Stop Asian Hate: 7 ways to keep the momentum of the anti-racist movement going

More than a year on from the UK’s first Covid lockdown, racism directed at East and South East Asian people during the pandemic is still a huge problem. The Stop Asian Hate movement, combating the rise in anti-Asian hate crime, has been backed by Gemma Chan and Henry Golding. Here’s how you can help keep its momentum going. 

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As the coronavirus pandemic made its way into every corner of the world, East and South East Asian (ESEA) people found themselves in the crosshairs of racism. Despite being more than a year since the first lockdown in the UK, the racism heightened by Covid-19 has clung to us the way smoke clings to hair.

The figures are stark. In the UK, the ESEA community has experienced a threefold rise in hate crimes in the past year, with many reporting feeling unsafe while being out in public due to fear of verbal and physical racist attacks. In the US, reporting centre Stop AAPI Hate revealed that in March 2021 alone, the number of anti-Asian hate incidents nearly doubled from 3,795 to 6,603.

Data from Stop AAPI Hate suggested that at the beginning of the pandemic, Asian-owned businesses suffered the brunt of racist abuse. However, as lockdown measures begin to lift, reports of racism directed towards individuals in public places have begun to rise. 

As the UK emerges out of lockdown, many people in ESEA communities feel apprehensive about returning to society given the hatred and racism they’ve seen or experienced over the past 14 months. 

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Mai-Anh Peterson, co-founder of the non-profit grassroots organisation Britain’s East and South East Asian Network (besea.n), says there are several things allies can do to help the ESEA community amid Covid-related racism.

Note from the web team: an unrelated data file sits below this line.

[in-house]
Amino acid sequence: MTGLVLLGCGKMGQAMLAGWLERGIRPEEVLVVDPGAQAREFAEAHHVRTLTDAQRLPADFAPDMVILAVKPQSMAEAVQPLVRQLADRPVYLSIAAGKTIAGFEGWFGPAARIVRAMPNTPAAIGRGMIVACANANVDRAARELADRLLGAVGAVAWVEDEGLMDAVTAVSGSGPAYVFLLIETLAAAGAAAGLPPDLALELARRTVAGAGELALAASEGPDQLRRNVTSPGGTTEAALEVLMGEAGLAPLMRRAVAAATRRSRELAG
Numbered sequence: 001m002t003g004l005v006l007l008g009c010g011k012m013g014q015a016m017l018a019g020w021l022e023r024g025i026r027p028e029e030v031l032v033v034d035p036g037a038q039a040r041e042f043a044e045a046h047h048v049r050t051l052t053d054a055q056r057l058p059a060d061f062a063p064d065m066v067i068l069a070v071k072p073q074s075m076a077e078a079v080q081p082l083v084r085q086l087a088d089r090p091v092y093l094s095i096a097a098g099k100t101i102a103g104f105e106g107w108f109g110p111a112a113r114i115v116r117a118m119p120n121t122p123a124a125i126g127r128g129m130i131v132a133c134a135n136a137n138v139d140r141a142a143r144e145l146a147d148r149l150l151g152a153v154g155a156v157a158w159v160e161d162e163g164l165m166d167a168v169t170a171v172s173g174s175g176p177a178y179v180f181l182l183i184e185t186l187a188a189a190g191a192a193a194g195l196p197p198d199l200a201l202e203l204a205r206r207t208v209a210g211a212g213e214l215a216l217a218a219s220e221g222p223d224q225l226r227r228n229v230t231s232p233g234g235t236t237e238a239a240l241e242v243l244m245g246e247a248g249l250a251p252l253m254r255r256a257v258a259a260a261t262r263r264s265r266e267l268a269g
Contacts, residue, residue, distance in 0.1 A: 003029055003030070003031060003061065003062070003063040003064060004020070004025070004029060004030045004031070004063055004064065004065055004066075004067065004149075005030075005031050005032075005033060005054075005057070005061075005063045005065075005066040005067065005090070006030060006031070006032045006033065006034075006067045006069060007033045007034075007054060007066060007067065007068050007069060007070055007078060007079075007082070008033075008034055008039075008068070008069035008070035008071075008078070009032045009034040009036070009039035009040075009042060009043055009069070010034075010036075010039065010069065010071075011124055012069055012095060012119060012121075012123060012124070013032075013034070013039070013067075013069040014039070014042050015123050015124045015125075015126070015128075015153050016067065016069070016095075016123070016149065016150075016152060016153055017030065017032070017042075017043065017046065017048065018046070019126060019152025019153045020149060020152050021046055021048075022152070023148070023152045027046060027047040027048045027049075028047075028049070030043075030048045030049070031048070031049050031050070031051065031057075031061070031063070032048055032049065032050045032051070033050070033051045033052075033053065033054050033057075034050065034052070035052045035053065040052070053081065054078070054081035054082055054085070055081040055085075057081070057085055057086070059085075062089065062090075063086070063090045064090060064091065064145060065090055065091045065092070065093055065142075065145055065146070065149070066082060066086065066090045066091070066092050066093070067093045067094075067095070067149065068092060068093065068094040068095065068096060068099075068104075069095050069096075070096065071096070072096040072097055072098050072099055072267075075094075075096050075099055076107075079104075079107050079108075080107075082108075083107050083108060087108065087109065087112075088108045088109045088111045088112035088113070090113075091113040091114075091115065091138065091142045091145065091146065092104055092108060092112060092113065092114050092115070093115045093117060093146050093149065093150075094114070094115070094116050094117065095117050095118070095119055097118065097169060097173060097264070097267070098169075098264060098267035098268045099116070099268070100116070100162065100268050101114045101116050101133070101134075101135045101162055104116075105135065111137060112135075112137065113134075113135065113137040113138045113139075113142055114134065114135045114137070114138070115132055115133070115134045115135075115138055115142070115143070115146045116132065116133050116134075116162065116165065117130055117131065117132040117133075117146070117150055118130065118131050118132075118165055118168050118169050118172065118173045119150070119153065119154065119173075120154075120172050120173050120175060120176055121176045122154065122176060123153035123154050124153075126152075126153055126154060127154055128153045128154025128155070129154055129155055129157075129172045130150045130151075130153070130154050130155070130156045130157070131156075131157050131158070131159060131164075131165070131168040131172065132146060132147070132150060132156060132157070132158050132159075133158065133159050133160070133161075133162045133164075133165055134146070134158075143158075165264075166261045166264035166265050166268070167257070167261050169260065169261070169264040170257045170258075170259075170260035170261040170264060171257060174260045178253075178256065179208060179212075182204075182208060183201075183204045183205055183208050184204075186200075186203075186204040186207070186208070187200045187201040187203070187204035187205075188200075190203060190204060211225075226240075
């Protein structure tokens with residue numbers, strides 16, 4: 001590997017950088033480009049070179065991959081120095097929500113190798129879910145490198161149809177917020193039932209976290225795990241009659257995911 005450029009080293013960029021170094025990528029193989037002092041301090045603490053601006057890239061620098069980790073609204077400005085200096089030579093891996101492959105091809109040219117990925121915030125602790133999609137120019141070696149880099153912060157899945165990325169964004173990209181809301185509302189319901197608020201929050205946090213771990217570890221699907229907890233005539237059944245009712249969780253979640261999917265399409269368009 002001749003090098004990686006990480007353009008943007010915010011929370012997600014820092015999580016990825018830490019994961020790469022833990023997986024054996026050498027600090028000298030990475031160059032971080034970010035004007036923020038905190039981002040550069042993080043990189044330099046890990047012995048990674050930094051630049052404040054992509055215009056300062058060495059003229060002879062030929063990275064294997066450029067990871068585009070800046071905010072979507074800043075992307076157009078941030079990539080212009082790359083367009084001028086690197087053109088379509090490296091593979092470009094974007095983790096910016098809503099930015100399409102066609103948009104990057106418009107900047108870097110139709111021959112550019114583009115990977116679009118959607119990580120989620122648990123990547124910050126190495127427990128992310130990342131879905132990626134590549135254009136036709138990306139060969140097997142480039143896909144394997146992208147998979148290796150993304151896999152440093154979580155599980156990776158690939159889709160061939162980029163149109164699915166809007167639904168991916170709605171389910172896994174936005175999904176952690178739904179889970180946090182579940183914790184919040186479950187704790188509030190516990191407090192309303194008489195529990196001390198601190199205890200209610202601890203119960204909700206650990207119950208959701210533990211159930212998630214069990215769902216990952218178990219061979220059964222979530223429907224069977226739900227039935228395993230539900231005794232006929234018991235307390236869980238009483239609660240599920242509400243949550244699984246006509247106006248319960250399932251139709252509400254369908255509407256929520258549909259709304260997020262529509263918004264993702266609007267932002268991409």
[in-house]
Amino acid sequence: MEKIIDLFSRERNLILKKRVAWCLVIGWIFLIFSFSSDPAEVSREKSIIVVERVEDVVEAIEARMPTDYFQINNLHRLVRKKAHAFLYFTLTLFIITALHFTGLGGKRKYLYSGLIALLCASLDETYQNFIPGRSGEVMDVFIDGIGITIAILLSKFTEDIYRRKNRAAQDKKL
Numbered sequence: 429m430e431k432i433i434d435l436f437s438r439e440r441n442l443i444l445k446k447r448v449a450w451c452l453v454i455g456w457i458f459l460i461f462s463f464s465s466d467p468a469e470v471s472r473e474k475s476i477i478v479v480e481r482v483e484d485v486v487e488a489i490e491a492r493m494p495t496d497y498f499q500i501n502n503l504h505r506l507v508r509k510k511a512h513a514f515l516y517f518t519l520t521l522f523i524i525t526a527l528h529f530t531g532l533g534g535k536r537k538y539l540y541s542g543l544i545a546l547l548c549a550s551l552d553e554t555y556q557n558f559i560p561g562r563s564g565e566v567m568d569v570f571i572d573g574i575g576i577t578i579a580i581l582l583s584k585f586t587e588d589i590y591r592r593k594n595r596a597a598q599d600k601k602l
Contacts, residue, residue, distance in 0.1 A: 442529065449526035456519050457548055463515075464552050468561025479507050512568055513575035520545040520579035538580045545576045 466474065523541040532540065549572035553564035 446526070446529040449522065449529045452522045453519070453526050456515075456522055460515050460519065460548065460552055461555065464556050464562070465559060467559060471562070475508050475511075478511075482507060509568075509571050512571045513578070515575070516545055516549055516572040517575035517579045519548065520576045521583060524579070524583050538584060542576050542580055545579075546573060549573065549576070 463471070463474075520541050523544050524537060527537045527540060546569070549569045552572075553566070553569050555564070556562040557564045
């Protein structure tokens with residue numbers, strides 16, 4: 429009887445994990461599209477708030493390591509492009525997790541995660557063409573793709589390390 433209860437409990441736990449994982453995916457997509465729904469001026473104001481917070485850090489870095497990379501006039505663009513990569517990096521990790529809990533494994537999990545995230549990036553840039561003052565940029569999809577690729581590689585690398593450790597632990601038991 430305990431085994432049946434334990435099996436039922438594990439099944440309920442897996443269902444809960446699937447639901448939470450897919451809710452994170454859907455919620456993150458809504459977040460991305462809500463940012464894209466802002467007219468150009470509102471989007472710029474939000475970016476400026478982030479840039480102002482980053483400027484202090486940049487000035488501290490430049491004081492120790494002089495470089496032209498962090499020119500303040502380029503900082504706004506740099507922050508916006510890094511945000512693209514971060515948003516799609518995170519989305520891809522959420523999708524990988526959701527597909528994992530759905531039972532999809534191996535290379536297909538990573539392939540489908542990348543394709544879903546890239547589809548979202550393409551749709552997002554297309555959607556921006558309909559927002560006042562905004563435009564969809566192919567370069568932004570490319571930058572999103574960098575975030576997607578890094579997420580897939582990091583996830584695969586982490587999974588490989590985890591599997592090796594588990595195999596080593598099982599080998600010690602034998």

The most important thing is to educate yourself and understand the historical inequalities ESEA people face. “Anti-Asian hate is not unique to Covid – and it’s important to be aware of historical drivers behind inequalities such as the Chinese Exclusion Act, Japanese internment, Filipino exclusion policies in the US, deportation of Chinese merchant sailors settled in the UK, the British government’s deliberate dispersal policies for Vietnamese refugees, and so on,” says Mai-Anh.

Finding ways to challenge discrimination when you see it and be an active bystander, are also crucial to help someone being racially abused in public. “For people who don’t belong to the marginalised group, there is a duty to say something,” she tells me. “Silence is complicity – and being uncomfortable or awkward is a small price to pay for a step in the right direction towards positive change.

“This could be call outs or call-ins to friends, family members or colleagues, or it could be something as simple as reporting media bias or submitting feedback to companies whose practices are not inclusive,” Mai-Anh adds. 

Despite being more than a year since the first UK lockdown, the racism heightened with Covid-19 has clung to us

Mai-Anh Peterson, co-founder of the non-profit grassroots organisation Britain’s East and South East Asian Network (besea.n)

Being a mindful consumer and supporting POC-owned businesses is also a great way to show solidarity.